14 of world’s 15 most polluted cities in India : is crime and pollution related?

The WHO report said 14 of world’s 15 most polluted cities were in India which includes Delhi, Kanpur and Varanasi.  This will need  soul searching  and introspection by every one including policy makers.

Air pollution is related to lung diseases like asthma, emphysema or COPD.  It can have effects on pregnant women, Heart patients and outdoor workers etc.  but another aspect of relationship  of pollution with crime is also coming up, which concerns the psychological aspect.

There is a study  in London which relates pollution and crime rate. Although it appears strange but it gives some thing to ponder. If proved correct it may be dangerous environment to the people living in polluted cities.

A new report by researchers at the London School of Economics (LSE) suggests that crime in the capital is being driven by air pollution.

Their results show more polluted areas will see spikes in crime, particularly for less serious offences.

While the study relies on observational data and therefore cannot make definitive conclusions, it adds to a small but growing body of evidence linking pollution and crime.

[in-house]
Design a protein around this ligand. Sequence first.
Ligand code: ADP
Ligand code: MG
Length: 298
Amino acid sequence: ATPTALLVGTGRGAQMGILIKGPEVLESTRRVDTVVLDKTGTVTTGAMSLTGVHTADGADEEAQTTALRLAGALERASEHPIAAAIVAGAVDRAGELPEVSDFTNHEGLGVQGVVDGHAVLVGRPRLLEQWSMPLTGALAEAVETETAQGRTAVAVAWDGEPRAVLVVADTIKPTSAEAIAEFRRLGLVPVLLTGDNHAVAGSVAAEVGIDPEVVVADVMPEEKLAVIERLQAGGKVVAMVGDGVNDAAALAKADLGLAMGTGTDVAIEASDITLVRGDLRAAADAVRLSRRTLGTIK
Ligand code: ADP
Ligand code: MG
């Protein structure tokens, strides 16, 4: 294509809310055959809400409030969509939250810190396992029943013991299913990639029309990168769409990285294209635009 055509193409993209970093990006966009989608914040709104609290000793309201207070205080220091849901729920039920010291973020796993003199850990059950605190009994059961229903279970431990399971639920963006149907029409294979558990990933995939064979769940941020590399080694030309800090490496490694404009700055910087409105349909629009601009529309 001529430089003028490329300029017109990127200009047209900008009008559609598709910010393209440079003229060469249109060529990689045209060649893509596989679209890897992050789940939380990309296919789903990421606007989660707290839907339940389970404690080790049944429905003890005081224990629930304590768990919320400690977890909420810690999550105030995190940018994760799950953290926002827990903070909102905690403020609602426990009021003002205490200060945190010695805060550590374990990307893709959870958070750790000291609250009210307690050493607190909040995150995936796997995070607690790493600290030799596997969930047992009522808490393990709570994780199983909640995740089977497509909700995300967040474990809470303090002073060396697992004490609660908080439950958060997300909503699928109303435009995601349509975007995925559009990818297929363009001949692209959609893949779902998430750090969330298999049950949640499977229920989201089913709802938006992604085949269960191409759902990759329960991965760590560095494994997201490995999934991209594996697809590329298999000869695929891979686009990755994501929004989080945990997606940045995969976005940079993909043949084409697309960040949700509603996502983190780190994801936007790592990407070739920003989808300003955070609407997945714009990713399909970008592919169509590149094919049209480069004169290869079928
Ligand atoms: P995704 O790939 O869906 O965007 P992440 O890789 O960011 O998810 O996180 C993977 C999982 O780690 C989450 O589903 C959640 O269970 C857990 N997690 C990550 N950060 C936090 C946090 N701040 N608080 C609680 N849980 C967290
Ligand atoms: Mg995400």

Previous experiments have shown that increased levels of particulate matter in the air lead to increased blood levels of stress hormones such as cortisol.

The authors therefore suggest that behavioural changes resulting from increased stress hormone levels may in turn lead to an increased likelihood a person will commit a crime.

This means is that pollution can have a negative effect on people’s ways of thinking, including decision making and the way they think about future punishment.

Higher levels of pollution mean higher levels of cortisol. Higher levels of cortisol affect the way that punishment is being perceived by criminals.

Though the paper has yet to be peer reviewed and published in an academic journal, it has undergone internal peer review at LSE’s Grantham Research Institute on Climate Change and the Environment.

The research is not the first to explore links between air pollution levels and crime.

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